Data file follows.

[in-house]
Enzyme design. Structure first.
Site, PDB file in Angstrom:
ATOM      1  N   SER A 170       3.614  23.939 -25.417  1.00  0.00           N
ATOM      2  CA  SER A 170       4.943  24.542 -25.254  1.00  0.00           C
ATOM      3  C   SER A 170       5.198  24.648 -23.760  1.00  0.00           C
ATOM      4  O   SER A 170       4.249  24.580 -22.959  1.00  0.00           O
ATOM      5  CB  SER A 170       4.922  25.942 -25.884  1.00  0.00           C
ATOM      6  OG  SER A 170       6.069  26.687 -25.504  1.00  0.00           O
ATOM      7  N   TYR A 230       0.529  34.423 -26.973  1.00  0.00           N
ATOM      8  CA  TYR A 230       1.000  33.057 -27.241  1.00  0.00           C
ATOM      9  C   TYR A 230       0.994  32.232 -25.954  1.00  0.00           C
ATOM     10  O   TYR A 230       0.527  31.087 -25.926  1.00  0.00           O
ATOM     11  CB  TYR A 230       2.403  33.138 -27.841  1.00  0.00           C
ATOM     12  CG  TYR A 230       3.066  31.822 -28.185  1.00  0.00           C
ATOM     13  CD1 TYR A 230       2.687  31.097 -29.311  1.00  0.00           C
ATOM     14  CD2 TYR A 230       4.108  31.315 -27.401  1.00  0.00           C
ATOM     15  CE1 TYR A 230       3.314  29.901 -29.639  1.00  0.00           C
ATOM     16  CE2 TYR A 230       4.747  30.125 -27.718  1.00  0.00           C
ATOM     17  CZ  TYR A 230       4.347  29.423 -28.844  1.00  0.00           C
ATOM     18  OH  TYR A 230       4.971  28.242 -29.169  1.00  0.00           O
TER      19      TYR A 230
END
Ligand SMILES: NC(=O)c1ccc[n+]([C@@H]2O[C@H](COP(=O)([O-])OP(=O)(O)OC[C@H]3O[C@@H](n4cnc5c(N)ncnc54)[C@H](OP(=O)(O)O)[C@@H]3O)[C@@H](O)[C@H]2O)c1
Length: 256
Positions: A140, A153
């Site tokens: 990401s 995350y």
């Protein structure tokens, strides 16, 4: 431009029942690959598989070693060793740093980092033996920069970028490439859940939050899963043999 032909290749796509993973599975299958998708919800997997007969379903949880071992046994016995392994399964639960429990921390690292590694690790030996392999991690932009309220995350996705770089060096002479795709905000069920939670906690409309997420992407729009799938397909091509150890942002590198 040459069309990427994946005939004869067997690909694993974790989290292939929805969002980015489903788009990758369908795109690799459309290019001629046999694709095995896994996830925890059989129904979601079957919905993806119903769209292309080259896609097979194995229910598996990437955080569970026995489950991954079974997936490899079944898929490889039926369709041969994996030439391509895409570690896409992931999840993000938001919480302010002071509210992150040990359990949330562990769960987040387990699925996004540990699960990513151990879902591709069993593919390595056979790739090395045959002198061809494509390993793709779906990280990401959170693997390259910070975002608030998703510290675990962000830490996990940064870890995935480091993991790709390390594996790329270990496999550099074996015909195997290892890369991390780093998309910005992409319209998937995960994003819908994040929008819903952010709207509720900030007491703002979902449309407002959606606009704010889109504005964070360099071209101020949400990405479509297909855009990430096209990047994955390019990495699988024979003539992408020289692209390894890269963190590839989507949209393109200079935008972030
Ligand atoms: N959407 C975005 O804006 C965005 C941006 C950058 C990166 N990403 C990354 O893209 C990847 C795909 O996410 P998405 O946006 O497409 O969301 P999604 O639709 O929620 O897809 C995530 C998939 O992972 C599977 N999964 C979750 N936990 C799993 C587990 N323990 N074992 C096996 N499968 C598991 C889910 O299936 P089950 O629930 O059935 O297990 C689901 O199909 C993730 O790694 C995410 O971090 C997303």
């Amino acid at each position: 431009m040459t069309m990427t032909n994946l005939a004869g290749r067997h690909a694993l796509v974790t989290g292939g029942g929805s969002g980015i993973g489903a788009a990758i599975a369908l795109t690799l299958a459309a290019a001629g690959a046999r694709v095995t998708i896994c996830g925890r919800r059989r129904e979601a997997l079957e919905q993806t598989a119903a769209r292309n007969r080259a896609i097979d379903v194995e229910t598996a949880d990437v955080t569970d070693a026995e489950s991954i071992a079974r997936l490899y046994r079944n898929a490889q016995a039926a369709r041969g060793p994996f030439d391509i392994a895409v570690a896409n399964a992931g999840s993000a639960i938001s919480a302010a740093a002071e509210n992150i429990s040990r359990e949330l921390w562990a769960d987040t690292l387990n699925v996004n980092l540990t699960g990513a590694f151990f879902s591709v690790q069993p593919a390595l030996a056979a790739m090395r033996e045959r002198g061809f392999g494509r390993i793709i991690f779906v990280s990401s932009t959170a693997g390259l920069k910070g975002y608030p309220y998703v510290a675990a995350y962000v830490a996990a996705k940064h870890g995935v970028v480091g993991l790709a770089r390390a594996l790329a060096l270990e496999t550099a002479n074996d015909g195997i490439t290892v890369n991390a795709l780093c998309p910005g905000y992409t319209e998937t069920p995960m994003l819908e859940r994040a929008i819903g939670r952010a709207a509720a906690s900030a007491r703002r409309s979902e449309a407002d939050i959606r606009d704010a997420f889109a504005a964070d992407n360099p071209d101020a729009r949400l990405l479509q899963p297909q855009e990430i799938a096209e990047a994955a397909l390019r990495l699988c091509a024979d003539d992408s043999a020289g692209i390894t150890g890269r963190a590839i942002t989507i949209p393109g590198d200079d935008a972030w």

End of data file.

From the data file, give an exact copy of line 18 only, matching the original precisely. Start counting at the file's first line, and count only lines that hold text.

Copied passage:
ATOM     15  CE1 TYR A 230       3.314  29.901 -29.639  1.00  0.00           C